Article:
Secretary of State Colin Powell wrote an op-ed piece in The New York Times calling for more democracy in Zimbabwe, in effect calling for the removal of President Robert Mugabe. How will this play?
There is a difference between the West and the Africans on how to handle the Zimbabwe situation. They are very reluctant to come down hard and criticize a fellow African leader. They prefer to work much more behind the scenes and [simultaneously] publicly defend an African leader. Behind the scenes, I think they are trying very hard to negotiate an agreement between the government and the opposition that would have Mugabe step down. South Africa is reluctant to put too much economic pressure on Zimbabwe by cutting off water and electricity. A lot of the power Zimbabwe gets is bought from South Africa. The South Africans don’t want a total collapse. They don’t want huge numbers of refugees pouring across the border. But there is another problem for the South Africans and the Nigerians. They don’t have a lot of respect for the opposition in Zimbabwe. They consider it a tool of the whites, or a tool of the British, or the West, and they are not quite prepared to give the opposition the credibility that I think it deserves. And that means that they are more interested in engineering a succession from within the ruling party of Zimbabwe than perhaps some kind of coalition and a totally free election.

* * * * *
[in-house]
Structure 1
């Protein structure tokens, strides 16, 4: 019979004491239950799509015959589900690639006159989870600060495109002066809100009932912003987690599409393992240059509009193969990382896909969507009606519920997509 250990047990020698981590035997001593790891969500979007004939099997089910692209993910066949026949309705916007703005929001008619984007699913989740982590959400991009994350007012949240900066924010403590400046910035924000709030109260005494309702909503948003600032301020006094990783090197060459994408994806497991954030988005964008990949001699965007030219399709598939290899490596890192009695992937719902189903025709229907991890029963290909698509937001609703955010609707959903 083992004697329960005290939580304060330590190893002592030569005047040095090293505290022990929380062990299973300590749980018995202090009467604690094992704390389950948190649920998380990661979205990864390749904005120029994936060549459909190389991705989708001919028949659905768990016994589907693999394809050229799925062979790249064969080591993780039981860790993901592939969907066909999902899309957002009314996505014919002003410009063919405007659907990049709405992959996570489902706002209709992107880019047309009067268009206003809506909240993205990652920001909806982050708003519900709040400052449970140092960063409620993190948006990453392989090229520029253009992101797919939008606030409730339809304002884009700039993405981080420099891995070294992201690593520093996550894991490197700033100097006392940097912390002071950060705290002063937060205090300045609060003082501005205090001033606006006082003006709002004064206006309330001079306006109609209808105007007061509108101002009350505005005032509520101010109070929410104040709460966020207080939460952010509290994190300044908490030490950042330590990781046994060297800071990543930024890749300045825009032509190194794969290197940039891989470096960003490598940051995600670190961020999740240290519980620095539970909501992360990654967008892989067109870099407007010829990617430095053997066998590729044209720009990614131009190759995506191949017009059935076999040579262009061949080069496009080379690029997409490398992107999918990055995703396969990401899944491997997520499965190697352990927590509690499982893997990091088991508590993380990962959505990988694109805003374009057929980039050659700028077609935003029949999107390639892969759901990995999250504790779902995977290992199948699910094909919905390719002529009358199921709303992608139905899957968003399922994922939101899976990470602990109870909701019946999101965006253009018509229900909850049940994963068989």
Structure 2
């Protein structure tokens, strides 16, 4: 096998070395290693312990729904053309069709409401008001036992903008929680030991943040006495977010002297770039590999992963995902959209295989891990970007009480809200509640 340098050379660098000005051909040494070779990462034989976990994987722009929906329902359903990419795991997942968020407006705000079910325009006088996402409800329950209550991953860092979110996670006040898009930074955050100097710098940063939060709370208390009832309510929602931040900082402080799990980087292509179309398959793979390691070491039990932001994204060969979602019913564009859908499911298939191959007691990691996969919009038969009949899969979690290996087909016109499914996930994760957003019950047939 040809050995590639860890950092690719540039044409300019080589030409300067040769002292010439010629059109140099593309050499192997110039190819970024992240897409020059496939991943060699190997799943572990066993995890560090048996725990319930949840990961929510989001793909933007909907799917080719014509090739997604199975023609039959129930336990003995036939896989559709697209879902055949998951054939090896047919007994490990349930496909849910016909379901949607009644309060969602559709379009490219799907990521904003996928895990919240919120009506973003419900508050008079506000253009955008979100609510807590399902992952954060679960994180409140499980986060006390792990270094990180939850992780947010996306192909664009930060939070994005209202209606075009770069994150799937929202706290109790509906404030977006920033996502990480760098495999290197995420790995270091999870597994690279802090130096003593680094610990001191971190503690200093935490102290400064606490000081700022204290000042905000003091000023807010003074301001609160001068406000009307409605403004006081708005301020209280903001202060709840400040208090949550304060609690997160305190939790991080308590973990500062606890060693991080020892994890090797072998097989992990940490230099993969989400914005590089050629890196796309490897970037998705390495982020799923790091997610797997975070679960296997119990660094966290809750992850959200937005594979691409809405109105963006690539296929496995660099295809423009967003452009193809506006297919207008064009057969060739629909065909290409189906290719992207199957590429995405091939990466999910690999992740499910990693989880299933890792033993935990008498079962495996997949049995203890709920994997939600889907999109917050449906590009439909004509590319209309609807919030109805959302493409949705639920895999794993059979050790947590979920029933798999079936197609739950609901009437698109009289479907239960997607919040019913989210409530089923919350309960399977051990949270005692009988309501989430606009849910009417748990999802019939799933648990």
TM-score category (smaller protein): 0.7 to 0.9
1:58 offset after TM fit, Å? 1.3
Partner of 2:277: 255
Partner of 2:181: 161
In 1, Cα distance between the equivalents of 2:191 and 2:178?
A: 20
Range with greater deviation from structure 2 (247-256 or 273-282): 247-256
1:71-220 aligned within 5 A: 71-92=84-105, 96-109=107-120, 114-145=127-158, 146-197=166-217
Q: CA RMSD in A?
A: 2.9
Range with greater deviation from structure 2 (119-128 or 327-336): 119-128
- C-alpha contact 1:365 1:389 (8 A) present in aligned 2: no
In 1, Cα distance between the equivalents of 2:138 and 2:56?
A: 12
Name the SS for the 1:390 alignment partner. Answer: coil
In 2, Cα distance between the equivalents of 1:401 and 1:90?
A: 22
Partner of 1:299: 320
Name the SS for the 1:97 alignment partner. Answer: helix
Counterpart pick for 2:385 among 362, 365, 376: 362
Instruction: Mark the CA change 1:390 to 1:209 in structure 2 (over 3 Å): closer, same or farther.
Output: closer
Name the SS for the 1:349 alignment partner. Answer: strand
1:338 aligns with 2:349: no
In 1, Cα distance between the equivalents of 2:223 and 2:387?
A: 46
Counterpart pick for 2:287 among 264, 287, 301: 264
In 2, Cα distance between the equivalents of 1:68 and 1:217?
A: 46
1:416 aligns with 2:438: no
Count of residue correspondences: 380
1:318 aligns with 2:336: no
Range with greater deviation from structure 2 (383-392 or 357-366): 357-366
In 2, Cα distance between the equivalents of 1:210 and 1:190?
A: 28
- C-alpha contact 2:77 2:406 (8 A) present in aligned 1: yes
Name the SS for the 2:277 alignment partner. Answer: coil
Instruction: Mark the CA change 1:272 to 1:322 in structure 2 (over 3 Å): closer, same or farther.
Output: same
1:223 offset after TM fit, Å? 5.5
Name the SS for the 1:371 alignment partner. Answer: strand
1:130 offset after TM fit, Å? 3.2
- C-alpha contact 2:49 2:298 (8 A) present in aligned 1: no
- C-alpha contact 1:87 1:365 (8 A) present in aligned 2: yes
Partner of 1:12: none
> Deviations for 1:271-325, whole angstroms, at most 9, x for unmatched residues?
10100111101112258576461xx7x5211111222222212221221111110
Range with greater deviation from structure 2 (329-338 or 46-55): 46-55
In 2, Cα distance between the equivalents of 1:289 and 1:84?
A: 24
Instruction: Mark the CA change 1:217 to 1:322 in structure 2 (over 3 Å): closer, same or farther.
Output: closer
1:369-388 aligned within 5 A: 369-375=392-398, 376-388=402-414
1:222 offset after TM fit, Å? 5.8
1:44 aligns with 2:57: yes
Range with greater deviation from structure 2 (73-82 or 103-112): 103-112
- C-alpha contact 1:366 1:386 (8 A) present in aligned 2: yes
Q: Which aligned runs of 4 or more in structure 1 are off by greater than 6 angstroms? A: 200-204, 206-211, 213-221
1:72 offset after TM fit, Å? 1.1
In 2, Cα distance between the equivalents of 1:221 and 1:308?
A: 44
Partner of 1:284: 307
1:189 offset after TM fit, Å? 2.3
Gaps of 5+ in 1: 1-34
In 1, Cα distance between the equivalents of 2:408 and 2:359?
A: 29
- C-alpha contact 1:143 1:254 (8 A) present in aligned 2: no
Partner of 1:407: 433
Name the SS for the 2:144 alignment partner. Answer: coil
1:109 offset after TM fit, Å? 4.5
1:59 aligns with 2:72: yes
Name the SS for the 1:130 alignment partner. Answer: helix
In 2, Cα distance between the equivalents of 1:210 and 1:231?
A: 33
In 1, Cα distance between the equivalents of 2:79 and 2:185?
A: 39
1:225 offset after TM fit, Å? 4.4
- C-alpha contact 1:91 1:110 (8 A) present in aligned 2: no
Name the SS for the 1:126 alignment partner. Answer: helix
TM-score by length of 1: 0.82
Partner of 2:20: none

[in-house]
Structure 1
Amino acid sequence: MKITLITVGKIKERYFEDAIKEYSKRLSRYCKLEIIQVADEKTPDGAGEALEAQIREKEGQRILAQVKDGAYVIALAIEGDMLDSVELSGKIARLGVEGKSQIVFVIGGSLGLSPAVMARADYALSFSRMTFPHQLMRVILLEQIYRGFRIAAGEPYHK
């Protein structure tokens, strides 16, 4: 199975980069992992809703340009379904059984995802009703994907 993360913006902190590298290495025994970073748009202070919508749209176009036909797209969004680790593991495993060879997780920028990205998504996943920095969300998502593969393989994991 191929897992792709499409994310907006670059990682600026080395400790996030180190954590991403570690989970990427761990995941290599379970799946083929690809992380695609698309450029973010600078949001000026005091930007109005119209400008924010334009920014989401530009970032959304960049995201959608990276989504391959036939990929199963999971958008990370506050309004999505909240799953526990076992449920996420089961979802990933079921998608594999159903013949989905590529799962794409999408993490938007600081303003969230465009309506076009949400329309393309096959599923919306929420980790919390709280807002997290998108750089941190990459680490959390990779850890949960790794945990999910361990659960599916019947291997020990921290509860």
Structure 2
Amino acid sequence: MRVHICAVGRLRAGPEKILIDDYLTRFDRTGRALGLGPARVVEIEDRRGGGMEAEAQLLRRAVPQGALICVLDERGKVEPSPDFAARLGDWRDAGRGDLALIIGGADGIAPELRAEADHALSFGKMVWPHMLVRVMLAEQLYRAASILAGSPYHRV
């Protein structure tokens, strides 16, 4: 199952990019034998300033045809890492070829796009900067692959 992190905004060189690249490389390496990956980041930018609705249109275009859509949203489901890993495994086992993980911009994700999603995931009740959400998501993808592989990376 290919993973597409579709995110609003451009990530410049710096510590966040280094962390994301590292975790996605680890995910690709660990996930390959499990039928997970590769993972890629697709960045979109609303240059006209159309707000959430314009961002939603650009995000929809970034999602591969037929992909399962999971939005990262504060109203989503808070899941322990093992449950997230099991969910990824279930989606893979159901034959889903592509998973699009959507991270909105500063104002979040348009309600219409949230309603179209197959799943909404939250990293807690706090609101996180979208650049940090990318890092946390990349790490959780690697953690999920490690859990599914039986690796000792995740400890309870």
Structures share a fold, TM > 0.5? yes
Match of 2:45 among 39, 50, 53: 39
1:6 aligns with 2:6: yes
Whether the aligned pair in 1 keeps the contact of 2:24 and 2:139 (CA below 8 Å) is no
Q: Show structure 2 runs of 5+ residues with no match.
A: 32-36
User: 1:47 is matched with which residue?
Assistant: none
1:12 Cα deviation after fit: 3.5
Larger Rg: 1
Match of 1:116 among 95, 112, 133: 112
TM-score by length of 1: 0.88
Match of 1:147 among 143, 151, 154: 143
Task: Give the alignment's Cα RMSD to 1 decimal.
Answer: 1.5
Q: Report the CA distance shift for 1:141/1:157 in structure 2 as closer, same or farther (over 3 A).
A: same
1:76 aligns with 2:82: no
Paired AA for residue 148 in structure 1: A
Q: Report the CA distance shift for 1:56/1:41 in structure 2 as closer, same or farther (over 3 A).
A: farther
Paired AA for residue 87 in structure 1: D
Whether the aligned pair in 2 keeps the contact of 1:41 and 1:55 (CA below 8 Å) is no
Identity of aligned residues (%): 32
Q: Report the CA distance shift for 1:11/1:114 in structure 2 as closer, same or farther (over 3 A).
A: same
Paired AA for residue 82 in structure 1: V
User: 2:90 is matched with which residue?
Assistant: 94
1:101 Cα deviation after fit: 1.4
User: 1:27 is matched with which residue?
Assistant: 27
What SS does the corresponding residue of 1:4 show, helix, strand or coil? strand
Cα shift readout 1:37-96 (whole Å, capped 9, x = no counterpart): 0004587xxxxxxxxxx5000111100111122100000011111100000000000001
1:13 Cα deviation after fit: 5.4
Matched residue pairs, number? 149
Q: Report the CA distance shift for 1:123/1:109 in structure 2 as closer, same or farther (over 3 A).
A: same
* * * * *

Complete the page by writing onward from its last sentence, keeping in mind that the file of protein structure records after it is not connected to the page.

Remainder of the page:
A lot has been made of possible new terrorist attacks in Kenya, in particular. Is this really a growing problem in Africa?
It is a serious problem in Africa. In eastern Africa— Kenya, Tanzania, etc.--clearly there are networks operating that have produced some major terrorist attacks on our embassies, on the Israelis, [and so on]. Those networks continue to function and get fed from outside.
The other place [terrorist groups have] been operating is in getting financial support through diamond traffic in West Africa, Sierra Leone, and in Liberia with the complicity of Charles Taylor. There is worry and concern about the potential for terrorism in areas like Nigeria. There is no evidence that terrorists have made inroads there, however. Islam in the rest of Africa is quite moderate. Look at Senegal or Mali, for example. Islam has not been radical and not been inconsistent with democratic governments. In fact, you could argue that if progress continues to be made in those moderate Islamic areas, African Islam might be a force for moderation.